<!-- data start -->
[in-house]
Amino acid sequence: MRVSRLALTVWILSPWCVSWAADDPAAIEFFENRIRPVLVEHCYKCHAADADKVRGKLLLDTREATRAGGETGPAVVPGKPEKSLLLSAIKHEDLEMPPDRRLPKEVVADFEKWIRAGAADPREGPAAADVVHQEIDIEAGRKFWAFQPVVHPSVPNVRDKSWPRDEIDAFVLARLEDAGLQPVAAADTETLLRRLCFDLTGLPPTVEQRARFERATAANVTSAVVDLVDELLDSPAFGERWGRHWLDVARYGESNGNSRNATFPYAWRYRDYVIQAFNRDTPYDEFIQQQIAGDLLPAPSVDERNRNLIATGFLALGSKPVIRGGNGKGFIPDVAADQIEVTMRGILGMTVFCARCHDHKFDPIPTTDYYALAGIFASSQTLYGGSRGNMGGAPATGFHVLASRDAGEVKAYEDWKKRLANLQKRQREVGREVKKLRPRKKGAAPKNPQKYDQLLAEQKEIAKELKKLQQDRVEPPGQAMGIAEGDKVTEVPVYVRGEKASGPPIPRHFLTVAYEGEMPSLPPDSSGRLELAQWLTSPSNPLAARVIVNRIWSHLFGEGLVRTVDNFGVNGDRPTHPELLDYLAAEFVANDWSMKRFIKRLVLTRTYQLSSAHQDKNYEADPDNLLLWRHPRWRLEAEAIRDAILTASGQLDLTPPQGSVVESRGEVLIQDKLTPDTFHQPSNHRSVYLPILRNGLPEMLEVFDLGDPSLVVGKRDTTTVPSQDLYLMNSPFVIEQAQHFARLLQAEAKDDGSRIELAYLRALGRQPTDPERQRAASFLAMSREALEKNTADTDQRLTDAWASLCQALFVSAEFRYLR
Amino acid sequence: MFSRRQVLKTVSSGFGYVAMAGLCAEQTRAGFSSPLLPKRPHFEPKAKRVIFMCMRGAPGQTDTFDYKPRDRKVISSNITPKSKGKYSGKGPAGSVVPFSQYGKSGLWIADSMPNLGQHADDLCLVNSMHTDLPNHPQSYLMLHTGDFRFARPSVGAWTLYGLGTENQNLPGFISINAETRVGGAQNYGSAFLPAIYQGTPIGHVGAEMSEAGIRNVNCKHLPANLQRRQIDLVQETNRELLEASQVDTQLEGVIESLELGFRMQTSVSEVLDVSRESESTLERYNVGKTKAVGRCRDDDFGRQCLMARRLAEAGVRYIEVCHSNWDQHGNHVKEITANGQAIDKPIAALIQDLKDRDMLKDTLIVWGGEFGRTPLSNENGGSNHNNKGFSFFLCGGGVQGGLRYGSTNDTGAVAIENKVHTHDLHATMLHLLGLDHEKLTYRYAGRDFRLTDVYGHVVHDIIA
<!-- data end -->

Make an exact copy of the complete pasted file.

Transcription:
[in-house]
Amino acid sequence: MRVSRLALTVWILSPWCVSWAADDPAAIEFFENRIRPVLVEHCYKCHAADADKVRGKLLLDTREATRAGGETGPAVVPGKPEKSLLLSAIKHEDLEMPPDRRLPKEVVADFEKWIRAGAADPREGPAAADVVHQEIDIEAGRKFWAFQPVVHPSVPNVRDKSWPRDEIDAFVLARLEDAGLQPVAAADTETLLRRLCFDLTGLPPTVEQRARFERATAANVTSAVVDLVDELLDSPAFGERWGRHWLDVARYGESNGNSRNATFPYAWRYRDYVIQAFNRDTPYDEFIQQQIAGDLLPAPSVDERNRNLIATGFLALGSKPVIRGGNGKGFIPDVAADQIEVTMRGILGMTVFCARCHDHKFDPIPTTDYYALAGIFASSQTLYGGSRGNMGGAPATGFHVLASRDAGEVKAYEDWKKRLANLQKRQREVGREVKKLRPRKKGAAPKNPQKYDQLLAEQKEIAKELKKLQQDRVEPPGQAMGIAEGDKVTEVPVYVRGEKASGPPIPRHFLTVAYEGEMPSLPPDSSGRLELAQWLTSPSNPLAARVIVNRIWSHLFGEGLVRTVDNFGVNGDRPTHPELLDYLAAEFVANDWSMKRFIKRLVLTRTYQLSSAHQDKNYEADPDNLLLWRHPRWRLEAEAIRDAILTASGQLDLTPPQGSVVESRGEVLIQDKLTPDTFHQPSNHRSVYLPILRNGLPEMLEVFDLGDPSLVVGKRDTTTVPSQDLYLMNSPFVIEQAQHFARLLQAEAKDDGSRIELAYLRALGRQPTDPERQRAASFLAMSREALEKNTADTDQRLTDAWASLCQALFVSAEFRYLR
Amino acid sequence: MFSRRQVLKTVSSGFGYVAMAGLCAEQTRAGFSSPLLPKRPHFEPKAKRVIFMCMRGAPGQTDTFDYKPRDRKVISSNITPKSKGKYSGKGPAGSVVPFSQYGKSGLWIADSMPNLGQHADDLCLVNSMHTDLPNHPQSYLMLHTGDFRFARPSVGAWTLYGLGTENQNLPGFISINAETRVGGAQNYGSAFLPAIYQGTPIGHVGAEMSEAGIRNVNCKHLPANLQRRQIDLVQETNRELLEASQVDTQLEGVIESLELGFRMQTSVSEVLDVSRESESTLERYNVGKTKAVGRCRDDDFGRQCLMARRLAEAGVRYIEVCHSNWDQHGNHVKEITANGQAIDKPIAALIQDLKDRDMLKDTLIVWGGEFGRTPLSNENGGSNHNNKGFSFFLCGGGVQGGLRYGSTNDTGAVAIENKVHTHDLHATMLHLLGLDHEKLTYRYAGRDFRLTDVYGHVVHDIIA